Citigroup's Football Madness
Citicorp executives are using $45 million corporate jets for luxury family vacations in Baja at $12,000-a-night hotel rooms, all courtesy of bailout money from you and me.
Banks across America are laying off Americans by the tens of thousands and replacing them with workers in India, The Philippines, and imported foreign highly-trained white collar workers who'll do work for less than half the prevailing wage for Americans.
Meanwhile, most of the banks getting our bailouts have overseas tax shelters to hide their profits; the practice is so pervasive that worldwide corporate tax rates have dropped from 38 percent in 1993 to 26 percent last year, and a significant number of Fortune 500 companies in America pay no corporate income taxes whatsoever. (While we have the second highest corporate income tax rate in the industrialized world at 35 percent, we also have the second lowest percentage of taxes actually paid because of tens of thousands of loopholes drilled into federal tax laws by lobbyists, and these offshore tax havens.)
But our problem isn't "greedy" bankers and corporate executives. The problem we have is structural.
Thirty years ago, America was still held together by policies, laws, and systems put into place during the last Republican Great Depression to prevent a repeat. But since Reagan's election, in the name of "free trade," "the free market," and "freedom" - euphemisms for destroying the New Deal - those structures have been systematically dismantled by four successive administrations and their attendant congresses.
We've lost the wall of separation between banking and gambling (investment). We've lost the ability to tax American corporations on their profits (globalism). And we've lost the ability to protect our domestic industries (particularly our small businesses) and American workers from the predation and unfair competition of companies and countries that use fifty-cent-an-hour labor as a weapon against us ("free trade").
It's easy to take potshots at Citigroup's Sandy Weill for ripping us (and Citigroup) off. But he's just a symptom of a larger problem that has gone by a variety of names over the past thirty years. Reagonomics. Thatchernomics. Clintonomics. Free Trade. Globalization. The World Is Flat. Economic Freedom.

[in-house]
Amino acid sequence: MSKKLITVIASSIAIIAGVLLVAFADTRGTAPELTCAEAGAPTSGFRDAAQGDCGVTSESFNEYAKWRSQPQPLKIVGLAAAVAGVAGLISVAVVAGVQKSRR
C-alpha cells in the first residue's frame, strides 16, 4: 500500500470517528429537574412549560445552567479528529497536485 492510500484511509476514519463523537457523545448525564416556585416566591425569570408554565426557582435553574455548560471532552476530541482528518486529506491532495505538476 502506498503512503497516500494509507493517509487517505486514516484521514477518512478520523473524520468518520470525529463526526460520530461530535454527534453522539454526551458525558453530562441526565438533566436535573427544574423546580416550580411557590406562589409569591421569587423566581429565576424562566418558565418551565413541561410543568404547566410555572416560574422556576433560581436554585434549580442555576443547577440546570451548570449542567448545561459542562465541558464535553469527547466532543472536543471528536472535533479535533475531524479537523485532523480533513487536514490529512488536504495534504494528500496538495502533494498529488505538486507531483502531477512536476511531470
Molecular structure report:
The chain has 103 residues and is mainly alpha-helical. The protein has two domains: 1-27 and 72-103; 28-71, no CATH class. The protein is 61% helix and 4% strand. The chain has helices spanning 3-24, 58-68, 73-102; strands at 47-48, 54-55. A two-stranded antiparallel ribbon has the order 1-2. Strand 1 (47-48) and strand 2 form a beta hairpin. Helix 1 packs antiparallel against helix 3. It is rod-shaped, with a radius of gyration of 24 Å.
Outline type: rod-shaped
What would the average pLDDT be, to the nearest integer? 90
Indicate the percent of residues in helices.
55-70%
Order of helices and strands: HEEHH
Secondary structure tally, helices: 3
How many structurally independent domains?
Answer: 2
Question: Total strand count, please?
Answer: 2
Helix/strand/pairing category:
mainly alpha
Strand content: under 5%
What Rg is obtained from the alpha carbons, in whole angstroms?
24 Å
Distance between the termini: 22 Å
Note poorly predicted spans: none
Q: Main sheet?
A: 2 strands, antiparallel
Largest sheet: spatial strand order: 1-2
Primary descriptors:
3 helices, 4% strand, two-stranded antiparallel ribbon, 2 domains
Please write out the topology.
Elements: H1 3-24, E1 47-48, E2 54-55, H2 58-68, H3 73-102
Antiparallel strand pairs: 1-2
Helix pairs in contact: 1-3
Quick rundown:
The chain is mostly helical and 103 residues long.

All are just fancy ways of saying that we should play the game of business without any rules other than those defined by the businessmen.
Imagine if this same logic was applied to football:
Goalposts? Yard Lines? Those limit the freedom of players!
Fouls? You're trying to stifle creativity!
Referees? You must be some kind of protectionist, a gestapo who wants to over-regulate everything!
The fact is that we give businesses a lot of special privileges, tax advantages, and liability protections when we set up the game of business. We do so because we want entrepreneurs to play the game of business in a way that makes them money but also - and, actually, first and foremost - serves the public good. Which means having a reasonable playing field, transparent rules that everybody plays by, and referees who catch malefactors and actually throw them out of the game or penalize them.
Thirty years of repeating the 1921-1933 Warren Harding/Calvin Coolidge/Herbert Hoover Republican mistake of "deregulating" business has led to the exact same result it would if we "deregulated" football - chaos.
We must immediately reinstitute our structures. Enforce the Sherman Act (no more "too big to fail" companies, from autos to banks to media). Reenact Glass-Stegall (no more gambling by banks). Pull out of the WTO and go back to the National Industrial and Trade Policy put into place by Alexander Hamilton in 1792 that worked just fine for this country until Reagan, Bush, Clinton, and Bush tore it apart piece by pice.
If we rebuild our field, repaint the lines, reinstall the goalposts, and give whistles and enforcement power back to the referees, we may again have a nation where the business of business is a net positive to We The People. Until that day, Sandy Weill and his cronies are laughing all to the bank...in Liechtenstein.